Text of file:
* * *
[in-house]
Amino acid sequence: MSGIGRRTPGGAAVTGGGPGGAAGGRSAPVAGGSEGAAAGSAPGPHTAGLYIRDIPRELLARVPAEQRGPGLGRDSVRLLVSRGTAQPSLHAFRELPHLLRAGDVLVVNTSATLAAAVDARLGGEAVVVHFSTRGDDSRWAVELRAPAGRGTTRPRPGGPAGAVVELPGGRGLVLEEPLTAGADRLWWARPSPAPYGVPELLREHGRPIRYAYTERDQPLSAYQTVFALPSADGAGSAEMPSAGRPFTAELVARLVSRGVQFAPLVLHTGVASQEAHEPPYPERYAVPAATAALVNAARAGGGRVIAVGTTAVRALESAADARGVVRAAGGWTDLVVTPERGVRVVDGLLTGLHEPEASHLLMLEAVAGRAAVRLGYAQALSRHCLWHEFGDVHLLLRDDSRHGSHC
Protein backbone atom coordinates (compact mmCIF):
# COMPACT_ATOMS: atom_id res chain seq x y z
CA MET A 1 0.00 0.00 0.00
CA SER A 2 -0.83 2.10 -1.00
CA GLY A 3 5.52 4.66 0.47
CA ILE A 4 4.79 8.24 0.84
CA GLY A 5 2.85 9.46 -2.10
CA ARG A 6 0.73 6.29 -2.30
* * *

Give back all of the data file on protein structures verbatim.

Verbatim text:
[in-house]
Amino acid sequence: MSGIGRRTPGGAAVTGGGPGGAAGGRSAPVAGGSEGAAAGSAPGPHTAGLYIRDIPRELLARVPAEQRGPGLGRDSVRLLVSRGTAQPSLHAFRELPHLLRAGDVLVVNTSATLAAAVDARLGGEAVVVHFSTRGDDSRWAVELRAPAGRGTTRPRPGGPAGAVVELPGGRGLVLEEPLTAGADRLWWARPSPAPYGVPELLREHGRPIRYAYTERDQPLSAYQTVFALPSADGAGSAEMPSAGRPFTAELVARLVSRGVQFAPLVLHTGVASQEAHEPPYPERYAVPAATAALVNAARAGGGRVIAVGTTAVRALESAADARGVVRAAGGWTDLVVTPERGVRVVDGLLTGLHEPEASHLLMLEAVAGRAAVRLGYAQALSRHCLWHEFGDVHLLLRDDSRHGSHC
Protein backbone atom coordinates (compact mmCIF):
# COMPACT_ATOMS: atom_id res chain seq x y z
CA MET A 1 0.00 0.00 0.00
CA SER A 2 -0.83 2.10 -1.00
CA GLY A 3 5.52 4.66 0.47
CA ILE A 4 4.79 8.24 0.84
CA GLY A 5 2.85 9.46 -2.10
CA ARG A 6 0.73 6.29 -2.30